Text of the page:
Another day, another pair of new AMD Radeon HD graphics cards, this time from Sapphire and PowerColor. The two offerings are from opposite ends of AMD's assault on the entire price point spectrum -- the PowerColor being a 7770 card, and the Sapphire a high-end 7970 -- but they're both capable of hitting 1GHz speeds out of the box.
If your AMD-based build keeps getting all hot and bothered, your rampant "incognito mode" Chrome browsing isn't to blame -- you've probably got a problem with thermals. Pouring a bucket of ice cold water over your PC isn't recommended, but that's not to say that a little aqua can't help cool things down. PowerColor just announced what it claims is the first Radeon HD 7970 with a liquid cooling waterblock built right onto the card.
PowerColor has proven to be quite the tease these past few weeks by leaking pictures of custom cooled AMD Radeon HD 7000 Series graphics cards, including one with a waterblock. More recently, PowerColor posed a dual-fan Radeon HD 7970 videocard for a single-shot photo shoot, which apparently served as a short precursor to its official debut.
Thanks to the wonder of social networking, we're able to catch an early glimpse of PowerColor's upcoming 'LCS HD7970' graphics card. PowerColor posted a photo of the liquid cooled card on its Facebook page with a promise that "Something cool is coming soon!" That "something cool" is a Radeon HD 7970 videocard stripped of its air cooled heatsink and replaced with a single-slot full cover water block from EK Waterblocks.
Picture this: You're driving along in a remote area clear of people, animals, and other cars. There's a posted speed limit with a couple of bullet holes in it. Do you tap the break and adjust your speed accordingly, or take a potshot of your own at the sign and slam the gas pedal in defiance? No matter which way you answer it, PowerColor has a Radeon HD 7950 SKU tailored just for you.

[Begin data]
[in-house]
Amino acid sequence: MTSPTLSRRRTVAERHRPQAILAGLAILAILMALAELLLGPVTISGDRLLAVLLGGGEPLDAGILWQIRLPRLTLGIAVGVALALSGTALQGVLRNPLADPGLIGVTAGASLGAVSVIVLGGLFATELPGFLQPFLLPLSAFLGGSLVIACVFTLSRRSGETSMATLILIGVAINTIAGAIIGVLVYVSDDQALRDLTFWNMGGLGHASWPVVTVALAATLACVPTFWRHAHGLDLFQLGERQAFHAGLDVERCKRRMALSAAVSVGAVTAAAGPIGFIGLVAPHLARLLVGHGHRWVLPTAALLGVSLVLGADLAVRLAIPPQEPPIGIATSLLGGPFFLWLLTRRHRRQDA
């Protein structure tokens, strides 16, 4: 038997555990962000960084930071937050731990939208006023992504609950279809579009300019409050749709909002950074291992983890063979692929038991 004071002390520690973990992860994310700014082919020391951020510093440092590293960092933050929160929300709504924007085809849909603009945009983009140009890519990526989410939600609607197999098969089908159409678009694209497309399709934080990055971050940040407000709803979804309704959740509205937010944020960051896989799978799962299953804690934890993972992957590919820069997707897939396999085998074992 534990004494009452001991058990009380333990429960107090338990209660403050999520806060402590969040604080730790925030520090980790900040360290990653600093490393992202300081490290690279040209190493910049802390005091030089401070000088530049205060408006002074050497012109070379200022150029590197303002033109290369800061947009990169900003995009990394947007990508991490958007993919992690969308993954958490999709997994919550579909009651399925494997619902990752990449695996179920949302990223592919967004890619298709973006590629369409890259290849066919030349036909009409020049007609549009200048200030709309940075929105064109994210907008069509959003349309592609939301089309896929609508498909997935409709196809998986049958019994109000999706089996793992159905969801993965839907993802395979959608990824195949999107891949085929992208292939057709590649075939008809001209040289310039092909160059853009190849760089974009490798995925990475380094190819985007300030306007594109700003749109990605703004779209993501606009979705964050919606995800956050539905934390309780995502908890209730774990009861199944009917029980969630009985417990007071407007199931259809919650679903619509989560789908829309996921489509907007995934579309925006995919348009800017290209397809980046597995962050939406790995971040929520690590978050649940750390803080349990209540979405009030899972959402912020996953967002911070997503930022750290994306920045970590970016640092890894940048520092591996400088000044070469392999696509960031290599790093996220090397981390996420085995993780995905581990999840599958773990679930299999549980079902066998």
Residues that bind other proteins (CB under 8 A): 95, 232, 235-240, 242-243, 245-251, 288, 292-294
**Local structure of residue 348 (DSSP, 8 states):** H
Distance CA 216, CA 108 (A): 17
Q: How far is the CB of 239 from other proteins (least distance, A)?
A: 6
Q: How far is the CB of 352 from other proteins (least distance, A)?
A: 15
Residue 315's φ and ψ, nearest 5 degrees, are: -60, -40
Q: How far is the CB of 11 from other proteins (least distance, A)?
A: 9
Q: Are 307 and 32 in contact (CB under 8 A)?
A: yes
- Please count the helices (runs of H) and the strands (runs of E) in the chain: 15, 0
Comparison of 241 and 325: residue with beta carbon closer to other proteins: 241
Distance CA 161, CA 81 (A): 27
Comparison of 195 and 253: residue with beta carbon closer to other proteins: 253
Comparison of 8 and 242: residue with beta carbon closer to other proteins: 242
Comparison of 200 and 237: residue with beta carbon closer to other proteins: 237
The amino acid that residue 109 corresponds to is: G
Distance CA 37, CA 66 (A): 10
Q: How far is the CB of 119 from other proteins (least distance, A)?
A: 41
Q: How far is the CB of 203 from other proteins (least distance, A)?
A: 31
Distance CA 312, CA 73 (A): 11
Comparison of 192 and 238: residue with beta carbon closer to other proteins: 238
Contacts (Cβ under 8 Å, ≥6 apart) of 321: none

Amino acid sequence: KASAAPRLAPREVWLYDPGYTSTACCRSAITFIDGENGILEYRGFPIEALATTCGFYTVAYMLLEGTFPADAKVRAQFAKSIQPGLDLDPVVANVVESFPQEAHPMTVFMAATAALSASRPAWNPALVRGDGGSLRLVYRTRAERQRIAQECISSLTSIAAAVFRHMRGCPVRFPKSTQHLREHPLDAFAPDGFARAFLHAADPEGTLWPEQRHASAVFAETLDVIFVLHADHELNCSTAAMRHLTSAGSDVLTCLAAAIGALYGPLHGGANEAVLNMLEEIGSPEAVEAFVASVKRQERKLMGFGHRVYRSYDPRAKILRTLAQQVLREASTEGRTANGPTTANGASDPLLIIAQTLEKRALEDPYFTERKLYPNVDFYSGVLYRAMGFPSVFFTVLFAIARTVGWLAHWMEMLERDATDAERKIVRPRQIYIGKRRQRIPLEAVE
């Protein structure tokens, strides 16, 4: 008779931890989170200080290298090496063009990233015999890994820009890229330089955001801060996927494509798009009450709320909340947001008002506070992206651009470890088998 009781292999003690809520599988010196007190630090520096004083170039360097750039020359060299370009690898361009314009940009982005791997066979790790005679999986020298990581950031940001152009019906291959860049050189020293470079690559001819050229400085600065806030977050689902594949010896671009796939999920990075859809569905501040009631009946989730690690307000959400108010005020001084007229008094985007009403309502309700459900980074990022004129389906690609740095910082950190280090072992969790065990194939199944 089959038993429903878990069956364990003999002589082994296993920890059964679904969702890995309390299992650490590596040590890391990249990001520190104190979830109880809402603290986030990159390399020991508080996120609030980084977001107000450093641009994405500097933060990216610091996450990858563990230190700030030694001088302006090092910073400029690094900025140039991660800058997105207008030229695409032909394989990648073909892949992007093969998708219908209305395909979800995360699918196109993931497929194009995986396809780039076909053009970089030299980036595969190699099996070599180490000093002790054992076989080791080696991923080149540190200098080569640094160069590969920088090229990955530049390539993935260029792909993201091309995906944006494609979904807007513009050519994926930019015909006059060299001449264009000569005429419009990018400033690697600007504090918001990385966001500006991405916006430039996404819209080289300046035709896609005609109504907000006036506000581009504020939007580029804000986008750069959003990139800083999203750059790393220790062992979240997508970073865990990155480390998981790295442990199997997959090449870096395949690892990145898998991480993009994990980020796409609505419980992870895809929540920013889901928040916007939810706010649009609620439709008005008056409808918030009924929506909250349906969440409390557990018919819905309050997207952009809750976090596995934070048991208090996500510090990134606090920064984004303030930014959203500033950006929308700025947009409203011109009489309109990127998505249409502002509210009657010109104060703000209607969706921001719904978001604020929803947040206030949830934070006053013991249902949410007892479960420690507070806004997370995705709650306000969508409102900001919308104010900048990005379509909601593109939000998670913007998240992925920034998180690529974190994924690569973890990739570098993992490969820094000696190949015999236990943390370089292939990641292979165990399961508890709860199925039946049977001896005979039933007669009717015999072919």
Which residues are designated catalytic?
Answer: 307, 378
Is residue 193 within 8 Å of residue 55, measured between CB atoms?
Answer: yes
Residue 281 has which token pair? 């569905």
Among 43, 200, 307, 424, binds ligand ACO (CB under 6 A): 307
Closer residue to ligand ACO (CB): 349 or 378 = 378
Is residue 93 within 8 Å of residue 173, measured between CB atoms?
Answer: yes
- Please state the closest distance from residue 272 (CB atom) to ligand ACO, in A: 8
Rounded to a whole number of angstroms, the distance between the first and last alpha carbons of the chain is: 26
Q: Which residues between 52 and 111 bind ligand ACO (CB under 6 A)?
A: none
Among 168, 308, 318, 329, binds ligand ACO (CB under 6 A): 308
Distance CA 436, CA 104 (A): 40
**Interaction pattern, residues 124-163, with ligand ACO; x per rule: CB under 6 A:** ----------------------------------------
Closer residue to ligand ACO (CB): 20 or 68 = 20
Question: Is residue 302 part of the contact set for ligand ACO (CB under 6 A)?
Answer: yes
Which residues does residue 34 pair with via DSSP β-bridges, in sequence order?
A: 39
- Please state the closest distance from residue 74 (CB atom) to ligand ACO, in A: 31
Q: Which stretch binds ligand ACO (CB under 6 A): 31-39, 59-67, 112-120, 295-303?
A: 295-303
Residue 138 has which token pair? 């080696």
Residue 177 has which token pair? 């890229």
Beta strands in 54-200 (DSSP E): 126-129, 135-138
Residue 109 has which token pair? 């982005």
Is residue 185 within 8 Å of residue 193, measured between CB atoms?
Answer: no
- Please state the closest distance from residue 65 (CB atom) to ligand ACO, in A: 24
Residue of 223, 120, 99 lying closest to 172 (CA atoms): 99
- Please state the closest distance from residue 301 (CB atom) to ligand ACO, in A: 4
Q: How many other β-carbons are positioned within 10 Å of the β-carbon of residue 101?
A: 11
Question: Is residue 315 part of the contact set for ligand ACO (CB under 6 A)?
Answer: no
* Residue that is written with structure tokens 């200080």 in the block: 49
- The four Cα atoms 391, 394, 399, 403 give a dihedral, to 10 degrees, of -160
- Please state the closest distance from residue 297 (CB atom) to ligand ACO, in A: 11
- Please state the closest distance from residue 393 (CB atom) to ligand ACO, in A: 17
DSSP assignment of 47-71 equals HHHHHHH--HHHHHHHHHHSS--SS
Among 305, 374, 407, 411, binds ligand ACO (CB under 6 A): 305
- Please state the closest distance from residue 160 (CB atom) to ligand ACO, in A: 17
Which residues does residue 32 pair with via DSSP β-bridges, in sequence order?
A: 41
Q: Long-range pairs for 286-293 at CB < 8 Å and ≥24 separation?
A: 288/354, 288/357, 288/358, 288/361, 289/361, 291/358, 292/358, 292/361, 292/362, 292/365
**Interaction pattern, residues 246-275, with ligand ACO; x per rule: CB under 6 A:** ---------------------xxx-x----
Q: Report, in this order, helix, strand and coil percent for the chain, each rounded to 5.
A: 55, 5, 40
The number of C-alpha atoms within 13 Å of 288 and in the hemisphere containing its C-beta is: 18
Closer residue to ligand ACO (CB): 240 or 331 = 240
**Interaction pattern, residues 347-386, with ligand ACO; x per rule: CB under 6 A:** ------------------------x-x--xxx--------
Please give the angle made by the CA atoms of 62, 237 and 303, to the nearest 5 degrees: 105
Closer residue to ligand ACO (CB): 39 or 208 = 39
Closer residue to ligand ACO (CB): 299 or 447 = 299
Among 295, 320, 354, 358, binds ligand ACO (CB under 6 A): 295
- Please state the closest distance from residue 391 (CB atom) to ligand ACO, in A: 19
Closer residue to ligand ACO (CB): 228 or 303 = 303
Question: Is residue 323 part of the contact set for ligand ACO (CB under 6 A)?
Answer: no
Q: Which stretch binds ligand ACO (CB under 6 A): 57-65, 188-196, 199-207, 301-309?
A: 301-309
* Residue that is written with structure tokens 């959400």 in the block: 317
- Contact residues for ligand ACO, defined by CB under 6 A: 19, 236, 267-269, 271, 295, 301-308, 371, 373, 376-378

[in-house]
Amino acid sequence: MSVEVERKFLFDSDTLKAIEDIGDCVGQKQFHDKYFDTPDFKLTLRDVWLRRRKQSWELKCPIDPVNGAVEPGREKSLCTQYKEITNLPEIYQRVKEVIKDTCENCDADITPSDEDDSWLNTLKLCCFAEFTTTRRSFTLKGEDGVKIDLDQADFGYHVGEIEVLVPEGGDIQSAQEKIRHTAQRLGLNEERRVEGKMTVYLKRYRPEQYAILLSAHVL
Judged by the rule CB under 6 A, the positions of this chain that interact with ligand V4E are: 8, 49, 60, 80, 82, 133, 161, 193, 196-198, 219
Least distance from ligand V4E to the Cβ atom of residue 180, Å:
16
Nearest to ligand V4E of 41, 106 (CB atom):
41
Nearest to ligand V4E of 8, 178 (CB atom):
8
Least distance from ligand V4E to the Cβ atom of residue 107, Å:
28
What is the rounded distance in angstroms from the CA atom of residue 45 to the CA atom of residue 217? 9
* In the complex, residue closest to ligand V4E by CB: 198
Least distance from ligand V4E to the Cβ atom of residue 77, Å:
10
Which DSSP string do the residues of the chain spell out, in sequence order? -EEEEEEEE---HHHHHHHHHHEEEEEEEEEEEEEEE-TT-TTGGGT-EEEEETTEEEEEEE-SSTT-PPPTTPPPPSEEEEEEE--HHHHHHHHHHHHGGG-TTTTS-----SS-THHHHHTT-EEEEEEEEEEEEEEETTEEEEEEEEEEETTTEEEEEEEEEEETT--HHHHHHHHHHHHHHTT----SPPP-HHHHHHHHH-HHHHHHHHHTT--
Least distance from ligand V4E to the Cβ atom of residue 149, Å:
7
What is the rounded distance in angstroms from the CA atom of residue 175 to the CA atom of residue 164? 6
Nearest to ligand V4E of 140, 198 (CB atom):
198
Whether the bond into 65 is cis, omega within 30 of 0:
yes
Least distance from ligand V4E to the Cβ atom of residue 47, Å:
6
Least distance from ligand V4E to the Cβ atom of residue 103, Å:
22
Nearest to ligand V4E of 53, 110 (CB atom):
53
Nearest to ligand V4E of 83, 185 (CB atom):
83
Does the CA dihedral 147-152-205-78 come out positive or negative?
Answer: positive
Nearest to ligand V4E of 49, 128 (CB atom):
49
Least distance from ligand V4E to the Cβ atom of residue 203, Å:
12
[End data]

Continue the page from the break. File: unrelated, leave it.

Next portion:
It's said the devil is in the details, but for Powercolor, it's all about the bundle and firery red design. We're talking about Powercolor's new Devil 13 HD6970 graphics card. This Devil edition card tries to tempt enthusiasts and overclockers with an aggressive heatsink design, high end components, and a bundled screwdriver toolkit.
PowerColor today said it "aims to blow gamers' minds" with its very first dual-GPU solution with AMD's Bart XT graphics engine, the PowerColor HD6870X2. As the name implies, this dual-GPU graphics card sports two 6870 graphics chips under its dual-fan cooling apparatus. That equates to 2,240 stream processing units and 4.03 teraFLOPS of computing power.
Popping up over the weekend is a somewhat blurry photo (cleaned up as best we could) of a completely naked dual-GPU prototype of AMD's Radeon HD 6870. The full frontal snapshot shows two Barts GPUs positioned in the middle of a long slab of PCB. Each GPU boasts 1,120 stream processors for a total of 2.240, and each with its own 1GB of GDDR5 memory, also visible in the picture.
Need a videocard but find yourself cramped for space? Unfortunately for you, many of today's mid-range to high-end graphics cards take up two slots, a necessary evil in order to cool today's increasingly power (and power hungry) GPUs. Fortunately for you, most board partners also like to experiment with their own designs, ditching reference blueprints in favor of their own cooling creations. It was this mindset that led Powercolor to launch the first single-slot Radeon HD 6850 videocard.
Powercolor, an old stalwart in the videocard business, appears to have picked up some inspiration from its peers and is branching off into new territory. Specifically, Powercolor just entered the power supply market with the introduction of its Extreme and Gaming series.
The Gaming models are available in 500W and 600W units, while the Extreme series is reserved for the 850W and 1000W models. All four are 80 Plus certified, with the Extreme series boasting 80 Plus Bronze certification. In addition, the Extreme series sport modular cables and a bigger 140mm fan, while the Gaming models use fixed cables and a 120mm fan.
Otherwise, Powercolor is touting mostly similar features across the board, including high quality Japanese made capacitors, CrossFire and SLI support, Active PFC, and multiple +12V rails rather than a single large +12V rail.